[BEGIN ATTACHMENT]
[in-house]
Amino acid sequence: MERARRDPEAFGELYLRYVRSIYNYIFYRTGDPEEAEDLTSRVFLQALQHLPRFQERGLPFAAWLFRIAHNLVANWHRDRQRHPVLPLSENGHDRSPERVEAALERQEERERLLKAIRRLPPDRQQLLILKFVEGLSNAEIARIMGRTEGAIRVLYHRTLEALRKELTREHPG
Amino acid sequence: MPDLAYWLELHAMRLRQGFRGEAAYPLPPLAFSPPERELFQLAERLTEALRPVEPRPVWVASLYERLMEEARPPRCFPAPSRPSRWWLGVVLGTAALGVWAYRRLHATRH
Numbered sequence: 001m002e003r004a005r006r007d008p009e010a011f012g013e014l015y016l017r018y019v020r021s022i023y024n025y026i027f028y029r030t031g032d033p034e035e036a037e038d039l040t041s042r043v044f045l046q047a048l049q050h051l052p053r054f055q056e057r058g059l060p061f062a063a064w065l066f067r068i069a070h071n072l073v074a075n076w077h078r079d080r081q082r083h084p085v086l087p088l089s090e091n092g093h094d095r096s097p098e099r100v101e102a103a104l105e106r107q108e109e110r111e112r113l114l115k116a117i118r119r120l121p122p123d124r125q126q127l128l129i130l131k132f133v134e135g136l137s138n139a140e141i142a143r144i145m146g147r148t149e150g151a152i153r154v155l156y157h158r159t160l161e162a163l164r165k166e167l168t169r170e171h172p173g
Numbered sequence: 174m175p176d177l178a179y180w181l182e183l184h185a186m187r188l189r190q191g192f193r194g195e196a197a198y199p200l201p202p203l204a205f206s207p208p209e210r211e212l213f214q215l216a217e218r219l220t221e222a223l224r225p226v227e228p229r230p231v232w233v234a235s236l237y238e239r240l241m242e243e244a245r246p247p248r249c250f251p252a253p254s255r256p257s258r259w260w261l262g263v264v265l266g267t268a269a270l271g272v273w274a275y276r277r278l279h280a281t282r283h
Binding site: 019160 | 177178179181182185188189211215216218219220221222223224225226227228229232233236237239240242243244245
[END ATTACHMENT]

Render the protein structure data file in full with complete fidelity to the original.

[in-house]
Amino acid sequence: MERARRDPEAFGELYLRYVRSIYNYIFYRTGDPEEAEDLTSRVFLQALQHLPRFQERGLPFAAWLFRIAHNLVANWHRDRQRHPVLPLSENGHDRSPERVEAALERQEERERLLKAIRRLPPDRQQLLILKFVEGLSNAEIARIMGRTEGAIRVLYHRTLEALRKELTREHPG
Amino acid sequence: MPDLAYWLELHAMRLRQGFRGEAAYPLPPLAFSPPERELFQLAERLTEALRPVEPRPVWVASLYERLMEEARPPRCFPAPSRPSRWWLGVVLGTAALGVWAYRRLHATRH
Numbered sequence: 001m002e003r004a005r006r007d008p009e010a011f012g013e014l015y016l017r018y019v020r021s022i023y024n025y026i027f028y029r030t031g032d033p034e035e036a037e038d039l040t041s042r043v044f045l046q047a048l049q050h051l052p053r054f055q056e057r058g059l060p061f062a063a064w065l066f067r068i069a070h071n072l073v074a075n076w077h078r079d080r081q082r083h084p085v086l087p088l089s090e091n092g093h094d095r096s097p098e099r100v101e102a103a104l105e106r107q108e109e110r111e112r113l114l115k116a117i118r119r120l121p122p123d124r125q126q127l128l129i130l131k132f133v134e135g136l137s138n139a140e141i142a143r144i145m146g147r148t149e150g151a152i153r154v155l156y157h158r159t160l161e162a163l164r165k166e167l168t169r170e171h172p173g
Numbered sequence: 174m175p176d177l178a179y180w181l182e183l184h185a186m187r188l189r190q191g192f193r194g195e196a197a198y199p200l201p202p203l204a205f206s207p208p209e210r211e212l213f214q215l216a217e218r219l220t221e222a223l224r225p226v227e228p229r230p231v232w233v234a235s236l237y238e239r240l241m242e243e244a245r246p247p248r249c250f251p252a253p254s255r256p257s258r259w260w261l262g263v264v265l266g267t268a269a270l271g272v273w274a275y276r277r278l279h280a281t282r283h
Binding site: 019160 | 177178179181182185188189211215216218219220221222223224225226227228229232233236237239240242243244245